By 8 a.m. on February 9 nearly all of the 950 guests had crowded about damask-covered tables in the ornate Grand Ballroom of Washington’s Mayflower Hotel. A side door opened, and guests stood to their feet as a line of distinguished men filed up to the head table. Army choristers sang softly, “Sweet Hour of Prayer,” and Chairman Boyd Leedom of the National Labor Relations Board stepped forward to lead the invocation. The bowed heads represented perhaps the highest concentration of U. S. governmental leadership ever to assemble for a hearing of the Gospel, in this case the ninth annual Presidential Prayer Breakfast of International Christian Leadership.
Sitting to the breakfast (eggs, ham, bacon, fried apples, grits, et al) were New Frontiersmen in such abundance that in sheer numbers they had outdone eight years of Eisenhower administration representation. The delegation to the first Democratically-dominated Presidential Prayer Breakfast was led by President John F. Kennedy, Vice President Lyndon B. Johnson, U. N. Ambassador Adlai E. Stevenson, and six other Cabinet members.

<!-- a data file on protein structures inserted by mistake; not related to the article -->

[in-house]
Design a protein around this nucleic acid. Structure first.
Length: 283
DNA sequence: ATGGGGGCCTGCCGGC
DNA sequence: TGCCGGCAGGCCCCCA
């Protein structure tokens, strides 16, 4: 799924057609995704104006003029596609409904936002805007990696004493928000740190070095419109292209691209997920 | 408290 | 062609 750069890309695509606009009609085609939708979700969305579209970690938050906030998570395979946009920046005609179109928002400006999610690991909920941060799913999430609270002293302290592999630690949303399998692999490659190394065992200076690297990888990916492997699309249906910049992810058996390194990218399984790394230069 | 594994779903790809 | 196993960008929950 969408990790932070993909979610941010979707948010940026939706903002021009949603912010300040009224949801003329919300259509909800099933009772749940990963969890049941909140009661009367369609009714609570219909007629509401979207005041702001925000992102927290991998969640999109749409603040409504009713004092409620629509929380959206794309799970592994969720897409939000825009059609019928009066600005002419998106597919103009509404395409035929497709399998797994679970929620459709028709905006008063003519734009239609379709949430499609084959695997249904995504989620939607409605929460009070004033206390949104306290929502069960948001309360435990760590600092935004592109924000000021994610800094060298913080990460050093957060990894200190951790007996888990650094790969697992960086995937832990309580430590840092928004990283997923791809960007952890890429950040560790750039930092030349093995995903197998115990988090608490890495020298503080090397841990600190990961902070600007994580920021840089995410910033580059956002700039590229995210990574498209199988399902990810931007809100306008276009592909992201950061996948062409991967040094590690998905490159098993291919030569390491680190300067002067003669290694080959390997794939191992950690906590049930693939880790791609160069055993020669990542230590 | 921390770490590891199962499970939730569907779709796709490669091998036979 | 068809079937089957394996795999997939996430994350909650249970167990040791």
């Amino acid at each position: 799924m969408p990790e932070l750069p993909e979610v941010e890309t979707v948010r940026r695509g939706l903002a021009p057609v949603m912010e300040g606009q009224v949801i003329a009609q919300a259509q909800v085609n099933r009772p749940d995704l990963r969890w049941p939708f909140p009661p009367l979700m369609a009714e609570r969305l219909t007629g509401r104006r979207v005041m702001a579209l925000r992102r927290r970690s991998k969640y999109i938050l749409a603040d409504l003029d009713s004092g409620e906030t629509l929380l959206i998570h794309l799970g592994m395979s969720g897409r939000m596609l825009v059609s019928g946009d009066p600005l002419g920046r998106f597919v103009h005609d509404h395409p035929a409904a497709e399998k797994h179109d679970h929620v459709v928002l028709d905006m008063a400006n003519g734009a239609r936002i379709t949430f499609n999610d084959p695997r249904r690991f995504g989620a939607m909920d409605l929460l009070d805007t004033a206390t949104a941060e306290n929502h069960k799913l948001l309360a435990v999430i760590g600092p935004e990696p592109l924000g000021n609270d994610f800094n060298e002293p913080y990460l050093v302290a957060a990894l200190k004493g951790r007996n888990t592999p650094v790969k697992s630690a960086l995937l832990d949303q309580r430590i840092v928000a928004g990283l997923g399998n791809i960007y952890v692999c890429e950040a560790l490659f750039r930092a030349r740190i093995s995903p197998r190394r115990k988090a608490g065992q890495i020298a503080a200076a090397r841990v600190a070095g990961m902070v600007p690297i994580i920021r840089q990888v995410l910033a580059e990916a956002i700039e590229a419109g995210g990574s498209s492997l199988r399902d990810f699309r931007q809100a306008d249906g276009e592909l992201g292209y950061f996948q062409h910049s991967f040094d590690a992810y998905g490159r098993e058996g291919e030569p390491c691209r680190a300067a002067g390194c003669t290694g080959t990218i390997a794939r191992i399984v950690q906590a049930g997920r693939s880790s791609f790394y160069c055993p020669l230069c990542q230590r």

The breakfast program included testimonies which would equally have fit a revival service. Jerome Hines, Metropolitan Opera soloist, and William C. Jones, Los Angeles publisher who has picked up the tab for the last four breakfasts, both told of their conversions. Evangelist Billy Graham arrested attention by quoting from the famous message on labor of Pope Leo XIII: “When a society is perishing, the true advice to give those who would restore it is to recall it to the principles from which it sprang.”
Graham stressed that the nation’s problems are primarily personal and spiritual, that they amount to “heart trouble,” and that the problems will never be ...1
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